Temperature: Mango trees grow well at temperatures ranging between 15 and 30 degree Celsius, with an optimum temperature of 25 degree Celsius. It can tolerate high temperatures up to 40 degree Celsius, but it cannot stand low temperatures below 10 degree Celsius.
When planting a mango tree, you have to make sure that the soil is loose and well-draining. Loamy soil or sandy loam will work best for your tree.
You can test your soil’s acidity before planting by taking a sample of the soil and mixing it with water. If it turns blue, your soil has a high pH; if it turns red, it has a low pH; and if it remains white, it is neutral. Mango plants prefer a pH between 5.5 and 7; however, they can tolerate more acidic conditions than most other fruit trees.
Plough the land couple of times until the fine-tilth stages is achieved followed by harrowing to acheive a gentle slope for good drainage. Apply a good dressing of organic matter (e.g., compost, cattle manure) approximately 10 days before planting and incorporate it into the soil to a depth of about 8-12 inches.
Spacing for mango tree
Mango trees are one of the most beautiful, fragrant, and delicious additions to any home or garden. They’re also great for small spaces because they can be grown in containers.
But if you want to plant a mango tree, you’ll need to know how far apart to put them. That’s because the spacing of your trees depends on where you live—the climate and soil conditions will affect their growth rate and size.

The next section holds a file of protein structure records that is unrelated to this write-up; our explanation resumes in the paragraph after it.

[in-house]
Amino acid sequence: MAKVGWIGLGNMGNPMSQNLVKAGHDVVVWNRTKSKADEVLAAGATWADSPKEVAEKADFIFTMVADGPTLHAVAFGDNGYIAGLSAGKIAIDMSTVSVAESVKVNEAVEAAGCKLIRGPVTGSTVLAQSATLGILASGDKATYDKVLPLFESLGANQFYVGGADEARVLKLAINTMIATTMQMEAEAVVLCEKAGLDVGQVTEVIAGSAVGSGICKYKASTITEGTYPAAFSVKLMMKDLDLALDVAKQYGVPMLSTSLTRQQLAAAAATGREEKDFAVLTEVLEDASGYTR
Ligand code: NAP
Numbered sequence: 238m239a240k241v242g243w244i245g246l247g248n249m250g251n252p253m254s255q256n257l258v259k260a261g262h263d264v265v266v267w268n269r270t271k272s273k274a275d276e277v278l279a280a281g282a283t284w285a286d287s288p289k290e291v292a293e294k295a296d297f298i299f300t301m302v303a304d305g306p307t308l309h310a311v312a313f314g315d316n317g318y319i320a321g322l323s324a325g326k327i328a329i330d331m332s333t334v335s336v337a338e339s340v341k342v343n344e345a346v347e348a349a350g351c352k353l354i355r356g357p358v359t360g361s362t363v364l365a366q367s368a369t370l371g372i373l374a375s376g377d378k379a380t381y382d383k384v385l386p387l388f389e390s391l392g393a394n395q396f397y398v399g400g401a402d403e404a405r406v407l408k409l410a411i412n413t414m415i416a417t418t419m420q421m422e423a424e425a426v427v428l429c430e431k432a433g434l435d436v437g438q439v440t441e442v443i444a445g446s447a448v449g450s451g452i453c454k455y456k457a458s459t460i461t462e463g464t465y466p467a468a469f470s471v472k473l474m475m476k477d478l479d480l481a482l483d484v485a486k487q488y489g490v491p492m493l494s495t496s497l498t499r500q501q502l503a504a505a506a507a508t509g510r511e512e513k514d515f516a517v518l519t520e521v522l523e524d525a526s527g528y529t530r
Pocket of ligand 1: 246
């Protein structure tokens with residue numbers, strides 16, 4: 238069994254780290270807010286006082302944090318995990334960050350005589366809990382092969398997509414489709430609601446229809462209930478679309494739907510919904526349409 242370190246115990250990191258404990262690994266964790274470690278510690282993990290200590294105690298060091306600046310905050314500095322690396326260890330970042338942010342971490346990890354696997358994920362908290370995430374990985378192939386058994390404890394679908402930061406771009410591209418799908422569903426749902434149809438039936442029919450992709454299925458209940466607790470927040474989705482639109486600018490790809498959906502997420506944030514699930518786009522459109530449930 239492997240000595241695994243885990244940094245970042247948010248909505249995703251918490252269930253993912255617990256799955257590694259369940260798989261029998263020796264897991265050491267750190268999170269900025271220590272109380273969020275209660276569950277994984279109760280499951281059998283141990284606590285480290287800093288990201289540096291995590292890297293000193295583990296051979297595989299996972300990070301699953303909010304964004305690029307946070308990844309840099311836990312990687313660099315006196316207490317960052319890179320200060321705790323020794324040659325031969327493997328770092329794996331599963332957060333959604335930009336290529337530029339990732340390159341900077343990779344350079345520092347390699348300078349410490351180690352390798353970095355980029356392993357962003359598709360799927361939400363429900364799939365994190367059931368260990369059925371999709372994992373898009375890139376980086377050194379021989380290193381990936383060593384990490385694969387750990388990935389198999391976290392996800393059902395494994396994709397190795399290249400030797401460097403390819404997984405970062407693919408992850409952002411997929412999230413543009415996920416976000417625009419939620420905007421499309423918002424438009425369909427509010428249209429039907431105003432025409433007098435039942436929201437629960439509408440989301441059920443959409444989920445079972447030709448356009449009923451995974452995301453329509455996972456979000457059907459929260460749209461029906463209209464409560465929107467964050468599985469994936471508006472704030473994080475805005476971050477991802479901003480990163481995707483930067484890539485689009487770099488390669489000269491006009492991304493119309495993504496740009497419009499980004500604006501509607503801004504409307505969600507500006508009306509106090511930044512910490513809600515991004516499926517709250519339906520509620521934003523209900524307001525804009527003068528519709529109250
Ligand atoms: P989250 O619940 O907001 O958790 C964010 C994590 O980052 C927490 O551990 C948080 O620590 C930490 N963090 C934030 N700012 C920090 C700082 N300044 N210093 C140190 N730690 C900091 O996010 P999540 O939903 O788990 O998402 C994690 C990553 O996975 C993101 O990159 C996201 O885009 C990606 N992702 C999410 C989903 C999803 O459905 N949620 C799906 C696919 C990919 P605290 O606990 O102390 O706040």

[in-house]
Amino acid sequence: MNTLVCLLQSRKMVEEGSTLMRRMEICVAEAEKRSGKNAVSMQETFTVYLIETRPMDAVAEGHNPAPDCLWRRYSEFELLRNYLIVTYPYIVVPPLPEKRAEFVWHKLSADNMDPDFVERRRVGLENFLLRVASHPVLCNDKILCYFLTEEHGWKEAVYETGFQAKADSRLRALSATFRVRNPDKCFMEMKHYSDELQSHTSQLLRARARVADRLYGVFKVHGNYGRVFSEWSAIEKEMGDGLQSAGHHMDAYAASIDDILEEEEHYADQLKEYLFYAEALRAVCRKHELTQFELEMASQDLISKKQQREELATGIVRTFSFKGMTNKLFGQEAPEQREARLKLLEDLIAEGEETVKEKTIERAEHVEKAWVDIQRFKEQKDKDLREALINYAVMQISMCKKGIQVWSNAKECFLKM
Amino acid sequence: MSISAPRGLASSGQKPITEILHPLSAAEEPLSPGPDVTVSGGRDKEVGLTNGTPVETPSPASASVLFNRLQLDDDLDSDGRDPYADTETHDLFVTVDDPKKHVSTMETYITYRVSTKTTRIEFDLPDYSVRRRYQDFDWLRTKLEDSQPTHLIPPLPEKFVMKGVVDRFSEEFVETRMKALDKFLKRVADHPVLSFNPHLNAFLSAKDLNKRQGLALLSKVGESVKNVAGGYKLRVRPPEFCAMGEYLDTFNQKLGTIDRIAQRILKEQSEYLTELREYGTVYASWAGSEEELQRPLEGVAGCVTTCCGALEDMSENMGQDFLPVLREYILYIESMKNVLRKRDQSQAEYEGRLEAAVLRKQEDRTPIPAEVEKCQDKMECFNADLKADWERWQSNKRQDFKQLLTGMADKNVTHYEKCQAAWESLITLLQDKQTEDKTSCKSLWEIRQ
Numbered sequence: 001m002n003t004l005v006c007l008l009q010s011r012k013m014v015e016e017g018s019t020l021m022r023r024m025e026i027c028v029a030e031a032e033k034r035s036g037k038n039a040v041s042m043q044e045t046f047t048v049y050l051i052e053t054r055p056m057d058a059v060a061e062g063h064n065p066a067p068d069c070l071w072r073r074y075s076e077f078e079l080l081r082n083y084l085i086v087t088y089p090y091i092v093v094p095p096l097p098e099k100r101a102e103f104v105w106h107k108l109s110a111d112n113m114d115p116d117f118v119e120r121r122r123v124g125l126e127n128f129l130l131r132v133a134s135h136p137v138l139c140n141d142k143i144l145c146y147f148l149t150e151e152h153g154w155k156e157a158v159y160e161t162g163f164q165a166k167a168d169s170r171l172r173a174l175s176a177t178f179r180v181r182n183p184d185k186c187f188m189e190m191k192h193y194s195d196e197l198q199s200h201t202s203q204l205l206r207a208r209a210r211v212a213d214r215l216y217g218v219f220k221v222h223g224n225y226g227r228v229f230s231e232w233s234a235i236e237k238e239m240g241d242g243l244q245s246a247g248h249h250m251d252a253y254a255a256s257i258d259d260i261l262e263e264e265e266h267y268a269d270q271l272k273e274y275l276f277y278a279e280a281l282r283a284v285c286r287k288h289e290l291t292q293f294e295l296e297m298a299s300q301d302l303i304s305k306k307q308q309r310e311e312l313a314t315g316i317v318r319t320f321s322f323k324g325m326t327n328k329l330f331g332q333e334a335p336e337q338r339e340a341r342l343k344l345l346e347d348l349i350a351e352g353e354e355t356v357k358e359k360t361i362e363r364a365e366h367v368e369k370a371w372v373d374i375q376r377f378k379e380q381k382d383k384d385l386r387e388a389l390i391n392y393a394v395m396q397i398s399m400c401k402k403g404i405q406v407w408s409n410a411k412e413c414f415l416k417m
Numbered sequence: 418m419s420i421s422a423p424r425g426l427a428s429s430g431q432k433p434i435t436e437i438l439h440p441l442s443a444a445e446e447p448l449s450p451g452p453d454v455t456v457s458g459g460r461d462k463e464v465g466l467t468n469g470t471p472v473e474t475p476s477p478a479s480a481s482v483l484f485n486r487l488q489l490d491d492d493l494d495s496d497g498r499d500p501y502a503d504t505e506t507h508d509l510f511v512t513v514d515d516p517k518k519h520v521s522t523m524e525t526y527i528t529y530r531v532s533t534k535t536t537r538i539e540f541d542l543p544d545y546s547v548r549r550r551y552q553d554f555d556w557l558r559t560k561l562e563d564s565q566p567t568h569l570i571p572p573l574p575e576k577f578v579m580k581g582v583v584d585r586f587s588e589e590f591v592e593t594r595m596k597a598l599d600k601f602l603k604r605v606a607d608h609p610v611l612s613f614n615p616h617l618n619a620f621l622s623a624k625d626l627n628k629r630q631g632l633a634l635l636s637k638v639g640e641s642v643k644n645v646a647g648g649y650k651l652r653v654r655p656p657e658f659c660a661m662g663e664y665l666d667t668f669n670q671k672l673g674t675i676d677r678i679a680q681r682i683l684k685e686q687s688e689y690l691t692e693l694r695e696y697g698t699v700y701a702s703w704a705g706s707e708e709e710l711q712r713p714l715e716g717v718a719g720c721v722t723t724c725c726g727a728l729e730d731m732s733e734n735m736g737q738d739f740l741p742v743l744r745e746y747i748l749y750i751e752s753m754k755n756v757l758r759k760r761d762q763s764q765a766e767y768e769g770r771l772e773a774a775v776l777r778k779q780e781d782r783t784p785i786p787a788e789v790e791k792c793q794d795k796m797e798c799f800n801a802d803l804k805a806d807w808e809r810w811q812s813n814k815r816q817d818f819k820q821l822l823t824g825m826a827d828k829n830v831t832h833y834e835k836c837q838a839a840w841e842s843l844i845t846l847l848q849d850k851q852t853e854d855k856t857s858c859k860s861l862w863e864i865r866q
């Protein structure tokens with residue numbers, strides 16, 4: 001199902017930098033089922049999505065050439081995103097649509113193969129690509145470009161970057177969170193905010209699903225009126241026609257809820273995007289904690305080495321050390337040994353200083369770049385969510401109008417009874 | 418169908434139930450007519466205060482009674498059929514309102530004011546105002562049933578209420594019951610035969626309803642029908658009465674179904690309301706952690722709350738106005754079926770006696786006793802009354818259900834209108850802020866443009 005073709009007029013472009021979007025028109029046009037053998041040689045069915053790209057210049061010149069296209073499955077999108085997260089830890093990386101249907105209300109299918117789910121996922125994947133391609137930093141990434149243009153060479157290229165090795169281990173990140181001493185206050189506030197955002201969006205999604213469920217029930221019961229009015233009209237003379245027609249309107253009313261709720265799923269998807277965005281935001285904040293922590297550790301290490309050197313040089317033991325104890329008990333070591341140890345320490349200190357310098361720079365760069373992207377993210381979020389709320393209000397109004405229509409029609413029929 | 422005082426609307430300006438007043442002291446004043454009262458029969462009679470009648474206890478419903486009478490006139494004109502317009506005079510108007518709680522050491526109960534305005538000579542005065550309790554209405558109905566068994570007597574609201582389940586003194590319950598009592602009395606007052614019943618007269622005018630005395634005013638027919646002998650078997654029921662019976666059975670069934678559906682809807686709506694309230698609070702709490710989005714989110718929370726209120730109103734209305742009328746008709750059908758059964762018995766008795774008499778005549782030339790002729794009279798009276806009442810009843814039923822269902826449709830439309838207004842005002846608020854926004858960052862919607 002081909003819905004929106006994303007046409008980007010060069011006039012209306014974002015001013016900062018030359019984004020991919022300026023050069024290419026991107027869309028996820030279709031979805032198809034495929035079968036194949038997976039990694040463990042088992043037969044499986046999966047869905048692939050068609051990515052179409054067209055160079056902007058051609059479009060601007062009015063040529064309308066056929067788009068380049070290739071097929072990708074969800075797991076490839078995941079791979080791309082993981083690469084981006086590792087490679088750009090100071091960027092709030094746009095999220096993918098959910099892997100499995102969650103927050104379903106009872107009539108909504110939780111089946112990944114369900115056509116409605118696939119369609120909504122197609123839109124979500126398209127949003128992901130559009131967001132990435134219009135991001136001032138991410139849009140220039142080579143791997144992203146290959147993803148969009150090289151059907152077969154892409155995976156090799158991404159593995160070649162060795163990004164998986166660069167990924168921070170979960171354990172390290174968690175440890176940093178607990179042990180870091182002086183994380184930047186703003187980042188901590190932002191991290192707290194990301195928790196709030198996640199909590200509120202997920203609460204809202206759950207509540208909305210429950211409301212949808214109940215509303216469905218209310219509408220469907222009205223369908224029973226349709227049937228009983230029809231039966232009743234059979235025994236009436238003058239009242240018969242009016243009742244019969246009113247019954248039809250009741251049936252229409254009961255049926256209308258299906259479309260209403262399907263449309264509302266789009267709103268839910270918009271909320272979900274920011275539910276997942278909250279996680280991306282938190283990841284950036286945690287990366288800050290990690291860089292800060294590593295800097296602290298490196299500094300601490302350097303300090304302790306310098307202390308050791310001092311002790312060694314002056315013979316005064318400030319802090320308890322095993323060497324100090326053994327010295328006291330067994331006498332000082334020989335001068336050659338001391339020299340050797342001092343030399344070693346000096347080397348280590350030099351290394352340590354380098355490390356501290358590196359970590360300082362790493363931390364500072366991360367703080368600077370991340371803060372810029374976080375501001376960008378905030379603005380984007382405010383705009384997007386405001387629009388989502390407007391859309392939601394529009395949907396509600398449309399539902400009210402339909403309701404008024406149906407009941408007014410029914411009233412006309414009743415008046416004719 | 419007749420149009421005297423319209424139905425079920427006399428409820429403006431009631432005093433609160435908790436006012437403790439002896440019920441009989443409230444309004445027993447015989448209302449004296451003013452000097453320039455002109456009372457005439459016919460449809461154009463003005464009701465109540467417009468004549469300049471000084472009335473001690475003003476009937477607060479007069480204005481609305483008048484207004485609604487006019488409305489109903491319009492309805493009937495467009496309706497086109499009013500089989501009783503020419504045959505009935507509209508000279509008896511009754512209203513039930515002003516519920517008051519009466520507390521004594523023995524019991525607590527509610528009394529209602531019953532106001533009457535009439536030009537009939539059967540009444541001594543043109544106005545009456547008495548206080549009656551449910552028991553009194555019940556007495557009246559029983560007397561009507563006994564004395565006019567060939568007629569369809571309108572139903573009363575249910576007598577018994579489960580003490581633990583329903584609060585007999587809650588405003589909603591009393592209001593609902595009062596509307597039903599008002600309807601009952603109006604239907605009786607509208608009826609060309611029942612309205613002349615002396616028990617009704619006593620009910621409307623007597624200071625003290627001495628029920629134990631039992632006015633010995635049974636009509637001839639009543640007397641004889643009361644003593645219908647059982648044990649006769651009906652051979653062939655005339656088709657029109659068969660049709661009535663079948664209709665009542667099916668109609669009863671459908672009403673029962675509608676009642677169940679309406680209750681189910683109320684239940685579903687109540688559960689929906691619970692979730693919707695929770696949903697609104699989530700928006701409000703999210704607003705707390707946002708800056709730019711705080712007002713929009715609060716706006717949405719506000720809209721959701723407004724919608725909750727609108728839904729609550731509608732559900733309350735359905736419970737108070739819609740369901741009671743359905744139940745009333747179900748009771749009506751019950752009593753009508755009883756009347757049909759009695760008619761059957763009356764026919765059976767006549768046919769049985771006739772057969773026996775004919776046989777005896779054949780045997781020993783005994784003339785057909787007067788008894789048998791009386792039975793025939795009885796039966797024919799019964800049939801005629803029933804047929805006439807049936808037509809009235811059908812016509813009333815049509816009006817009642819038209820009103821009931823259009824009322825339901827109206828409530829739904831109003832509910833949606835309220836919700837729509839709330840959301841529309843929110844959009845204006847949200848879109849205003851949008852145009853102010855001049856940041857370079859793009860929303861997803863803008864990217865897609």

In dryer areas, like deserts or arid regions, you’ll want to space your mango trees about 10 meters (33 feet) apart from each other. In wetter areas like tropical rainforests or low-lying valleys, the mango trees should be spaced 12 meters (39 feet) apart from each other. Dwarf hybrids mango trees can be planted at closer spacing of 5 meters (16 feet).
Planting of Mango Tree
Planting a mango tree from seed is an easy process that can be done by anyone. The first step is to ensure your soil is well-drained and rich in organic matter. To plant, dig a hole that is half an inch (1 cm) deep, place the seed in the hole, and backfill with the dug up native soil or with seed starter mix.
The next step is to water the seeds lightly and keep them moist until they germinate. Once they have germinated, keep them watered regularly until they are established in their new location.
When to Plant Mango tree
The best time to plant a mango tree is in the spring when the weather is still mild. This time is the best time for the tree’s growth and development.
You can plant your mango tree in the fall, but it may not have time to establish itself before winter arrives. If you choose this option, make sure that you plant it in a sheltered location and water regularly until spring arrives.
Mango Tree Care & Management
Mango tree growth takes place in a series of short cycles throughout the year, depending on the cultivar, climate, and management practices. This pattern is essential for effective cultural management, allowing the expression of genetic material. Flowering is a complicated phenomenon, and the timing of flowering may be extended earlier or delayed depending on the soil, previous crop productivity, and climate conditions.
Fertilize mango trees from flowering stage to fruit formation
To fertilize a mango tree in the ground, first determine what stage of the growth the tree is in. The tree needs high levels of nitrogen, which are supplied by fertilizers such as chicken manure or pelleted chicken manure. During the winter months, mango trees’ growth slows down. In order to avoid yellow leaves, fertilize the tree with high-nitrogen products in spring and fall. Then, apply high-potassium fertilizer every two to three months during the growing season.